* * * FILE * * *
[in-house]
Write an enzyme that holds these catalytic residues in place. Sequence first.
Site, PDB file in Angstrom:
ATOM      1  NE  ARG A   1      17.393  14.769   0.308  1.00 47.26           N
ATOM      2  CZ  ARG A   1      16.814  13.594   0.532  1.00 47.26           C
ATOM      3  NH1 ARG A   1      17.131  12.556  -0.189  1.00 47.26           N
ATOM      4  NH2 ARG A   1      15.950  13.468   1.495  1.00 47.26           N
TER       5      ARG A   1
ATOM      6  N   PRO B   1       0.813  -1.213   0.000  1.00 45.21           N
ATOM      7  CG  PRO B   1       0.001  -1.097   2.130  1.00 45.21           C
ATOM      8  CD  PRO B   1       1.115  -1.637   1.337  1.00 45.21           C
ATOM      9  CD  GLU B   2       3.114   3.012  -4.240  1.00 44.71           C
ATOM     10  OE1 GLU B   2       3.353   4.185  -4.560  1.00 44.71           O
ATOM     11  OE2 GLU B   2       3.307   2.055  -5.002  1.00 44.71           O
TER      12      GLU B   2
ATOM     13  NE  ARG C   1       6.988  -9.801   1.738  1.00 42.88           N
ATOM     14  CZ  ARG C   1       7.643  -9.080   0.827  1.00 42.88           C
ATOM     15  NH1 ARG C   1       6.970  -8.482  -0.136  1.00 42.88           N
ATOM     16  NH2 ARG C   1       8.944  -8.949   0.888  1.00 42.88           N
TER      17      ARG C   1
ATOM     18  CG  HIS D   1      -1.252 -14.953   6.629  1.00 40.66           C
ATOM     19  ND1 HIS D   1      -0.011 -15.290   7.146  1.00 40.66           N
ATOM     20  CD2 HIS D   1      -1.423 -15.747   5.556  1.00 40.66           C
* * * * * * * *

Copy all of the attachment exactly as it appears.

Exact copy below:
[in-house]
Write an enzyme that holds these catalytic residues in place. Sequence first.
Site, PDB file in Angstrom:
ATOM      1  NE  ARG A   1      17.393  14.769   0.308  1.00 47.26           N
ATOM      2  CZ  ARG A   1      16.814  13.594   0.532  1.00 47.26           C
ATOM      3  NH1 ARG A   1      17.131  12.556  -0.189  1.00 47.26           N
ATOM      4  NH2 ARG A   1      15.950  13.468   1.495  1.00 47.26           N
TER       5      ARG A   1
ATOM      6  N   PRO B   1       0.813  -1.213   0.000  1.00 45.21           N
ATOM      7  CG  PRO B   1       0.001  -1.097   2.130  1.00 45.21           C
ATOM      8  CD  PRO B   1       1.115  -1.637   1.337  1.00 45.21           C
ATOM      9  CD  GLU B   2       3.114   3.012  -4.240  1.00 44.71           C
ATOM     10  OE1 GLU B   2       3.353   4.185  -4.560  1.00 44.71           O
ATOM     11  OE2 GLU B   2       3.307   2.055  -5.002  1.00 44.71           O
TER      12      GLU B   2
ATOM     13  NE  ARG C   1       6.988  -9.801   1.738  1.00 42.88           N
ATOM     14  CZ  ARG C   1       7.643  -9.080   0.827  1.00 42.88           C
ATOM     15  NH1 ARG C   1       6.970  -8.482  -0.136  1.00 42.88           N
ATOM     16  NH2 ARG C   1       8.944  -8.949   0.888  1.00 42.88           N
TER      17      ARG C   1
ATOM     18  CG  HIS D   1      -1.252 -14.953   6.629  1.00 40.66           C
ATOM     19  ND1 HIS D   1      -0.011 -15.290   7.146  1.00 40.66           N
ATOM     20  CD2 HIS D   1      -1.423 -15.747   5.556  1.00 40.66           C